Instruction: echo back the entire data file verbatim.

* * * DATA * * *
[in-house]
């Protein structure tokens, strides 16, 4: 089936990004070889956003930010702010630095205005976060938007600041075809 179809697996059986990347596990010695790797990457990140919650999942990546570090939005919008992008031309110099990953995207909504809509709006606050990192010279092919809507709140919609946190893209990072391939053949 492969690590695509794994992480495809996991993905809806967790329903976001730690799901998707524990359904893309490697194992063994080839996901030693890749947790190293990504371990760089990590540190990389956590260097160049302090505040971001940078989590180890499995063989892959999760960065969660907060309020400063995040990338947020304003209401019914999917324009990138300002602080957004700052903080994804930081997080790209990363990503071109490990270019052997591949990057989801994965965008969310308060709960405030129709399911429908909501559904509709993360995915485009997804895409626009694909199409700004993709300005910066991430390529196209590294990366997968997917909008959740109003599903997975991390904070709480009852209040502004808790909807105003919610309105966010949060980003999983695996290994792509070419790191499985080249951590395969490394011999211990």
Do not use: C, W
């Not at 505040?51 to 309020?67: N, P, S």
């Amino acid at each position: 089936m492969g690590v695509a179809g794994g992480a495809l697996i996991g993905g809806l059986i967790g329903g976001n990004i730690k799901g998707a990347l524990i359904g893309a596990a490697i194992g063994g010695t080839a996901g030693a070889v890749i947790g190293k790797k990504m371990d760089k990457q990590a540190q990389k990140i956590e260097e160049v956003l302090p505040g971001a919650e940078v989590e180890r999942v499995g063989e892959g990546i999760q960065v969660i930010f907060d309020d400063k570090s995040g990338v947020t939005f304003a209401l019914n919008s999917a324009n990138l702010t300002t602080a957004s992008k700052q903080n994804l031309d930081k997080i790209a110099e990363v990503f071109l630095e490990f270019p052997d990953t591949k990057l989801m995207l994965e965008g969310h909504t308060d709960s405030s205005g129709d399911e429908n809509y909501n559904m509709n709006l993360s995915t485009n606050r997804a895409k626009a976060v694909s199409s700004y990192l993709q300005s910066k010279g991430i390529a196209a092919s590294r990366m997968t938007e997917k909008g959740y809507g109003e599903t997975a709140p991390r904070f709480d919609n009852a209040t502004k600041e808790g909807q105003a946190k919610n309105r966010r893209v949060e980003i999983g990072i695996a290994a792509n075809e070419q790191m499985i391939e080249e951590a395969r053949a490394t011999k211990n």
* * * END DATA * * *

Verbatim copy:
[in-house]
């Protein structure tokens, strides 16, 4: 089936990004070889956003930010702010630095205005976060938007600041075809 179809697996059986990347596990010695790797990457990140919650999942990546570090939005919008992008031309110099990953995207909504809509709006606050990192010279092919809507709140919609946190893209990072391939053949 492969690590695509794994992480495809996991993905809806967790329903976001730690799901998707524990359904893309490697194992063994080839996901030693890749947790190293990504371990760089990590540190990389956590260097160049302090505040971001940078989590180890499995063989892959999760960065969660907060309020400063995040990338947020304003209401019914999917324009990138300002602080957004700052903080994804930081997080790209990363990503071109490990270019052997591949990057989801994965965008969310308060709960405030129709399911429908909501559904509709993360995915485009997804895409626009694909199409700004993709300005910066991430390529196209590294990366997968997917909008959740109003599903997975991390904070709480009852209040502004808790909807105003919610309105966010949060980003999983695996290994792509070419790191499985080249951590395969490394011999211990």
Do not use: C, W
């Not at 505040?51 to 309020?67: N, P, S």
């Amino acid at each position: 089936m492969g690590v695509a179809g794994g992480a495809l697996i996991g993905g809806l059986i967790g329903g976001n990004i730690k799901g998707a990347l524990i359904g893309a596990a490697i194992g063994g010695t080839a996901g030693a070889v890749i947790g190293k790797k990504m371990d760089k990457q990590a540190q990389k990140i956590e260097e160049v956003l302090p505040g971001a919650e940078v989590e180890r999942v499995g063989e892959g990546i999760q960065v969660i930010f907060d309020d400063k570090s995040g990338v947020t939005f304003a209401l019914n919008s999917a324009n990138l702010t300002t602080a957004s992008k700052q903080n994804l031309d930081k997080i790209a110099e990363v990503f071109l630095e490990f270019p052997d990953t591949k990057l989801m995207l994965e965008g969310h909504t308060d709960s405030s205005g129709d399911e429908n809509y909501n559904m509709n709006l993360s995915t485009n606050r997804a895409k626009a976060v694909s199409s700004y990192l993709q300005s910066k010279g991430i390529a196209a092919s590294r990366m997968t938007e997917k909008g959740y809507g109003e599903t997975a709140p991390r904070f709480d919609n009852a209040t502004k600041e808790g909807q105003a946190k919610n309105r966010r893209v949060e980003i999983g990072i695996a290994a792509n075809e070419q790191m499985i391939e080249e951590a395969r053949a490394t011999k211990n």